• By Henry’s law “The mass of a gas dissolved in a given mass of a solvent, at a given temperature, is directly proportional to the pressure of the gas above the solvent”. In sealed soda water bottle the carbon dioxide gas is filled with high pressure. Due to the high-pressure appreciable amount of the gas is dissolved in water. When the cap is opened the gas pressure above the solution decreases and the gas dissolved under pressure fizzes out of the solution to attain new equilibrium state. In the case of gas in liquid solution, the solubility of the gas in liquid decreases with increase in the temperature.
  • The pressure exerted by the vapors in equilibrium with liquid at a particular temperature is called a vapor pressure of the liquid at that temperature.



Henry’s Law:

  • This law explains the effect of pressure on the solubility of a gas in a liquid.
  • It states that “The mass of a gas dissolved in a given mass of a solvent, at a given temperature, is directly proportional to the pressure of the gas above the solvent”.
  • Explanation:
    If ‘m’ is the mass of the gas dissolved in the solvent and ‘p’ is the pressure of the gas above the solvent then m α p i.e. m = kP

Effect Of Increase in Temperature on Solubility of Gas (Carbon dioxide) in Liquid (Water):

  • Gas molecules are always in the state of random motion. When gas is dissolved in water, the randomness of molecules decreases.
  • Thus the kinetic energy of the molecules of the gas after dissolving in liquid decreases.
  • This decrease in kinetic energy results in the evolution of heat. Thus dissolution of a gas in a liquid is an exothermic process.
  • By Le-Chatelier’s principle, if we increase the temperature, then the reaction proceeds in a direction to decrease the temperature. Hence the backward reaction is favoured. Hence the increase in the temperature of exothermic reaction decreases the rate of reaction.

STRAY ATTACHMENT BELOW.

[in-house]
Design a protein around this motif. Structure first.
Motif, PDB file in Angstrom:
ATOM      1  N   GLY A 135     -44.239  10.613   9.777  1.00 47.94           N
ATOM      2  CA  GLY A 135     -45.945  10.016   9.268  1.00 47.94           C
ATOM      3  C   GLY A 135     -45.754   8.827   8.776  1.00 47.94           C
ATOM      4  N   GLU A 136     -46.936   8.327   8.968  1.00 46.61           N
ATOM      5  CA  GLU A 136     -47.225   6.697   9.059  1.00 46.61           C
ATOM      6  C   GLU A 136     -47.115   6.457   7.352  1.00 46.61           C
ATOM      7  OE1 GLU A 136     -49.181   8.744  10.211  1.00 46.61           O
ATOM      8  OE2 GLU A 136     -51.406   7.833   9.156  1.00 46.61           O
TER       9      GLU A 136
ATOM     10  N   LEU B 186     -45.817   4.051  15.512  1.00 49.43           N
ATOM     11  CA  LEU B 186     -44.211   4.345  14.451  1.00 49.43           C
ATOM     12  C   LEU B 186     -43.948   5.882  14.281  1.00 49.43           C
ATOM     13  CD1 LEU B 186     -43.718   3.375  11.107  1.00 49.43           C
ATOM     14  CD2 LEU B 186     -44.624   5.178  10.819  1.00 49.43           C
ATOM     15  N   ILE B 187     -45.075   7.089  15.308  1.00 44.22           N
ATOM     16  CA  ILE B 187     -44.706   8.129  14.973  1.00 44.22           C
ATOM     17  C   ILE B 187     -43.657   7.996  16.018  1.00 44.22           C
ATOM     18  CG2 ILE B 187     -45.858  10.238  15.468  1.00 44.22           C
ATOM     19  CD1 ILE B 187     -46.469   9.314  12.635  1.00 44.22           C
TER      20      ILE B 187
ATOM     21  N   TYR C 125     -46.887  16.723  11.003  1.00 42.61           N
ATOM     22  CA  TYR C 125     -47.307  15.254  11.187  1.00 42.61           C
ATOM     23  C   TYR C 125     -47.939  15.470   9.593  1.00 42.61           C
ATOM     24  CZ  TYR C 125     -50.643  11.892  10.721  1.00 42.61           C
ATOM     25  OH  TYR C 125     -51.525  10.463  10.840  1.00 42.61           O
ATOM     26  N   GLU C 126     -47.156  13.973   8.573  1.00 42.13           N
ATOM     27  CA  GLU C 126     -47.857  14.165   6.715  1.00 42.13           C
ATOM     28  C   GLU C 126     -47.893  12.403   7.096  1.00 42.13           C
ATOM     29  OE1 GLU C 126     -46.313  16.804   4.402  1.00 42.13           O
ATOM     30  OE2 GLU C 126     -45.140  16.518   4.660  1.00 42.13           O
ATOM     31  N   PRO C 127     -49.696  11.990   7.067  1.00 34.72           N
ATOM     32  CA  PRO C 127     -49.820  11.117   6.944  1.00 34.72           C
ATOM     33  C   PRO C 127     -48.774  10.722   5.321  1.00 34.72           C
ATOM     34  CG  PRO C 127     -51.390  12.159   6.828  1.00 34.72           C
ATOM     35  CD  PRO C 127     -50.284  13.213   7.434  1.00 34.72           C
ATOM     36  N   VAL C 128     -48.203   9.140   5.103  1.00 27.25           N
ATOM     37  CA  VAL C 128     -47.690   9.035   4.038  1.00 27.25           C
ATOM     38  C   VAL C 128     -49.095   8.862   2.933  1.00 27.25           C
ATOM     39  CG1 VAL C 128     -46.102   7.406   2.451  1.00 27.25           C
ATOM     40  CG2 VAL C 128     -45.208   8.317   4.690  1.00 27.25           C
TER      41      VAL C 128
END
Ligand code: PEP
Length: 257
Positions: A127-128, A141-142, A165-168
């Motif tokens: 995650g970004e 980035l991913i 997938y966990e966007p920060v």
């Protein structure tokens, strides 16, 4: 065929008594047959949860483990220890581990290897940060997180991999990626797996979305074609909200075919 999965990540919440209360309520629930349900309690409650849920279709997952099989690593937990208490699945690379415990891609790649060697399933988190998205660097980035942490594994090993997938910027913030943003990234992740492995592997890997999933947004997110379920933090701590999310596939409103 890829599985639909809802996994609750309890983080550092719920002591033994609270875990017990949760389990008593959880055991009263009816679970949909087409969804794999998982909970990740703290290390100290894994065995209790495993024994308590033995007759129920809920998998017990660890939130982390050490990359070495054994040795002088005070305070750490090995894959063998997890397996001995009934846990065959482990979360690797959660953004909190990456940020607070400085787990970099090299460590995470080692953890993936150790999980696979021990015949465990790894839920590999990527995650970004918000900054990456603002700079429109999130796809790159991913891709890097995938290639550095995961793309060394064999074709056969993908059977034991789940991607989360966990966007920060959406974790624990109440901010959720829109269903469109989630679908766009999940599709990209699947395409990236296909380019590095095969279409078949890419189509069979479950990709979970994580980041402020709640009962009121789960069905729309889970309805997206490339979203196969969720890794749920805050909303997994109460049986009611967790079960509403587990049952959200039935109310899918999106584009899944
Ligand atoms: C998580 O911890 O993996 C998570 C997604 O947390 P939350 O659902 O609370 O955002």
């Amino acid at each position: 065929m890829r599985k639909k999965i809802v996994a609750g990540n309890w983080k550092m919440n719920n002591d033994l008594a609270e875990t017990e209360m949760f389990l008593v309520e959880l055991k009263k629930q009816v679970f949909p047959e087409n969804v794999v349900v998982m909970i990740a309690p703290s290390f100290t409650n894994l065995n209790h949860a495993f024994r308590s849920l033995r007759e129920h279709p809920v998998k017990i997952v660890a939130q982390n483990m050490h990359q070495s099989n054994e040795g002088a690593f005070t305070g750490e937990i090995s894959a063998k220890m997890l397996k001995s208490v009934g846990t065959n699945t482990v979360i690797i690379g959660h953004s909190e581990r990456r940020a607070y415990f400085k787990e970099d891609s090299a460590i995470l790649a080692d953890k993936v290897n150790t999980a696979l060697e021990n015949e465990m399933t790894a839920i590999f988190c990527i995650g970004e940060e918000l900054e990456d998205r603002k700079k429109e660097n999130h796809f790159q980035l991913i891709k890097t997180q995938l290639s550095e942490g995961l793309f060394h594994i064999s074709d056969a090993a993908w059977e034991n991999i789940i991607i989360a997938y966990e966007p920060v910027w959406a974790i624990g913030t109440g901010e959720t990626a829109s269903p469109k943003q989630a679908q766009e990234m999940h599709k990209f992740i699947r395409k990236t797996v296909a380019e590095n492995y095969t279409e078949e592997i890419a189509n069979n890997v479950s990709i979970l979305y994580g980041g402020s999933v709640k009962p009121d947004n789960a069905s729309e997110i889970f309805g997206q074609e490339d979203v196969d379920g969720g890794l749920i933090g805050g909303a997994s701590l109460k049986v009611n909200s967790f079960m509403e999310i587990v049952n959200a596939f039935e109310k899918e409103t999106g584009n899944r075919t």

• Hence the solubility of a gas in water decreases with increase in temperature

Characteristics of Physical Equilibrium:

  • In the case of Liquid Gas equilibrium, the vapour pressure of the liquid is constant at equilibrium at a particular temperature.
  • For Solid Liquid equilibrium, there is only one temperature at which the two phases can co-exist at a particular pressure. This temperature is known as the melting point of the solid or freezing point of the liquid.
  • For dissolution of solids in liquids, the solubility is constant at a given temperature.
  • For dissolution of gases in liquids, the concentration of a gas in a liquid, at a given temperature is directly proportional to the pressure of the gas over the liquid.
  • At physical equilibrium, the measurable properties of the system become constant.
  • At physical equilibrium, there is a dynamic balance between the two opposite processes.
  • The equilibrium is attained only in a system which cannot gain matter from the surroundings or lose matter to the surroundings. i.e. the system should be a closed system.
  • When the equilibrium is attained, there exists an expression involving the concentration of substances involved in equilibrium which reaches a constant value at a given temperature.
    For dissolution of carbon dioxide in water, following expression has a constant value.

Equilibrium state

  • The magnitude of the constant value of the concentration-related expression indicates the extent to which the process proceeds before reaching equilibrium. In above expression if the value of the ratio is higher then the numerator should be greater, hence more carbon dioxide gas is dissolved in water.
Science > ChemistryChemical Equilibrium  > You are Here
Physics Chemistry  Biology  Mathematics

Leave a Comment

Your email address will not be published. Required fields are marked *